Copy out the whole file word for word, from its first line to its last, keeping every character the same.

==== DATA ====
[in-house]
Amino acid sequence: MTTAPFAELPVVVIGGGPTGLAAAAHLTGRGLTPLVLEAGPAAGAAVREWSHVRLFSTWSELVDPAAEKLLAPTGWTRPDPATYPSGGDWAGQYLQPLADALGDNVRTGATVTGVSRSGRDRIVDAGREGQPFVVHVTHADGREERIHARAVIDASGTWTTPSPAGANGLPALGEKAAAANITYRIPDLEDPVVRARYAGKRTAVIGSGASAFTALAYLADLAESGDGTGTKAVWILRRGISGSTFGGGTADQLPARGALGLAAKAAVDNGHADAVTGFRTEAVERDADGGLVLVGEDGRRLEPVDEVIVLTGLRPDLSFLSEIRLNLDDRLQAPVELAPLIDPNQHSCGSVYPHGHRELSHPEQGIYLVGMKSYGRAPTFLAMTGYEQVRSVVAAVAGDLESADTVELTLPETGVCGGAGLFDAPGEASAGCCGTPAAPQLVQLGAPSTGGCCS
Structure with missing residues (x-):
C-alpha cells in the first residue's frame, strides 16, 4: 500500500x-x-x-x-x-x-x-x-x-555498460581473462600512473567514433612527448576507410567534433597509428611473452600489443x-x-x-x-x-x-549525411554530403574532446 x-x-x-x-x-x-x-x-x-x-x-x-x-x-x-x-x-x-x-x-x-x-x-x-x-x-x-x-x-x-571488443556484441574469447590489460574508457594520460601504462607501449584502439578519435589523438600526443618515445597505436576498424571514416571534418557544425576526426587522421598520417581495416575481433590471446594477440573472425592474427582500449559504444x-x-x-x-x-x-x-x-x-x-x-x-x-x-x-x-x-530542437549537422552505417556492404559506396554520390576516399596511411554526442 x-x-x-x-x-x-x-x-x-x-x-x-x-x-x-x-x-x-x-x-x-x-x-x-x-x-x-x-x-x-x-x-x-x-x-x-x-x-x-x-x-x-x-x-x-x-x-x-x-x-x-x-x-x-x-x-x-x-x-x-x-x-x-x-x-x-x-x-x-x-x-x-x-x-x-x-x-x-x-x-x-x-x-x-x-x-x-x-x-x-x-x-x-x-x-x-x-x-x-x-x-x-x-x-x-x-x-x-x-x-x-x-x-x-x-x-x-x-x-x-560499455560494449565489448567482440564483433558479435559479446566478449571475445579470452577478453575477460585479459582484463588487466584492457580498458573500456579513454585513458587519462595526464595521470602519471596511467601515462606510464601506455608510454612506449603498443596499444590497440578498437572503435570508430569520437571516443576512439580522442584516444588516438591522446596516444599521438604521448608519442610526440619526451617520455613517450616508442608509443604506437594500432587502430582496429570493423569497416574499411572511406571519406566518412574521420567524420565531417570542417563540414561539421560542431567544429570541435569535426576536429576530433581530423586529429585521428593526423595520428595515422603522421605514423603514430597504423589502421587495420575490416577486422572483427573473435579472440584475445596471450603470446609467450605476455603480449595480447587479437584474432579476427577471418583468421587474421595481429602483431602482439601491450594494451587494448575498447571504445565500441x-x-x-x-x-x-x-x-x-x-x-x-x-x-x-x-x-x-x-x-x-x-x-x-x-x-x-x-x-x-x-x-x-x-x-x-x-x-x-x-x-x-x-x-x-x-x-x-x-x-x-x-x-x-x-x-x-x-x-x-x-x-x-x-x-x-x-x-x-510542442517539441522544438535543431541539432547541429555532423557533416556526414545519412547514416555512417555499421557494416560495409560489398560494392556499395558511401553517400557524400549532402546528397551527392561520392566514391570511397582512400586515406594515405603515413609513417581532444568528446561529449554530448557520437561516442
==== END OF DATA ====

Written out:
[in-house]
Amino acid sequence: MTTAPFAELPVVVIGGGPTGLAAAAHLTGRGLTPLVLEAGPAAGAAVREWSHVRLFSTWSELVDPAAEKLLAPTGWTRPDPATYPSGGDWAGQYLQPLADALGDNVRTGATVTGVSRSGRDRIVDAGREGQPFVVHVTHADGREERIHARAVIDASGTWTTPSPAGANGLPALGEKAAAANITYRIPDLEDPVVRARYAGKRTAVIGSGASAFTALAYLADLAESGDGTGTKAVWILRRGISGSTFGGGTADQLPARGALGLAAKAAVDNGHADAVTGFRTEAVERDADGGLVLVGEDGRRLEPVDEVIVLTGLRPDLSFLSEIRLNLDDRLQAPVELAPLIDPNQHSCGSVYPHGHRELSHPEQGIYLVGMKSYGRAPTFLAMTGYEQVRSVVAAVAGDLESADTVELTLPETGVCGGAGLFDAPGEASAGCCGTPAAPQLVQLGAPSTGGCCS
Structure with missing residues (x-):
C-alpha cells in the first residue's frame, strides 16, 4: 500500500x-x-x-x-x-x-x-x-x-555498460581473462600512473567514433612527448576507410567534433597509428611473452600489443x-x-x-x-x-x-549525411554530403574532446 x-x-x-x-x-x-x-x-x-x-x-x-x-x-x-x-x-x-x-x-x-x-x-x-x-x-x-x-x-x-571488443556484441574469447590489460574508457594520460601504462607501449584502439578519435589523438600526443618515445597505436576498424571514416571534418557544425576526426587522421598520417581495416575481433590471446594477440573472425592474427582500449559504444x-x-x-x-x-x-x-x-x-x-x-x-x-x-x-x-x-530542437549537422552505417556492404559506396554520390576516399596511411554526442 x-x-x-x-x-x-x-x-x-x-x-x-x-x-x-x-x-x-x-x-x-x-x-x-x-x-x-x-x-x-x-x-x-x-x-x-x-x-x-x-x-x-x-x-x-x-x-x-x-x-x-x-x-x-x-x-x-x-x-x-x-x-x-x-x-x-x-x-x-x-x-x-x-x-x-x-x-x-x-x-x-x-x-x-x-x-x-x-x-x-x-x-x-x-x-x-x-x-x-x-x-x-x-x-x-x-x-x-x-x-x-x-x-x-x-x-x-x-x-x-560499455560494449565489448567482440564483433558479435559479446566478449571475445579470452577478453575477460585479459582484463588487466584492457580498458573500456579513454585513458587519462595526464595521470602519471596511467601515462606510464601506455608510454612506449603498443596499444590497440578498437572503435570508430569520437571516443576512439580522442584516444588516438591522446596516444599521438604521448608519442610526440619526451617520455613517450616508442608509443604506437594500432587502430582496429570493423569497416574499411572511406571519406566518412574521420567524420565531417570542417563540414561539421560542431567544429570541435569535426576536429576530433581530423586529429585521428593526423595520428595515422603522421605514423603514430597504423589502421587495420575490416577486422572483427573473435579472440584475445596471450603470446609467450605476455603480449595480447587479437584474432579476427577471418583468421587474421595481429602483431602482439601491450594494451587494448575498447571504445565500441x-x-x-x-x-x-x-x-x-x-x-x-x-x-x-x-x-x-x-x-x-x-x-x-x-x-x-x-x-x-x-x-x-x-x-x-x-x-x-x-x-x-x-x-x-x-x-x-x-x-x-x-x-x-x-x-x-x-x-x-x-x-x-x-x-x-x-x-x-510542442517539441522544438535543431541539432547541429555532423557533416556526414545519412547514416555512417555499421557494416560495409560489398560494392556499395558511401553517400557524400549532402546528397551527392561520392566514391570511397582512400586515406594515405603515413609513417581532444568528446561529449554530448557520437561516442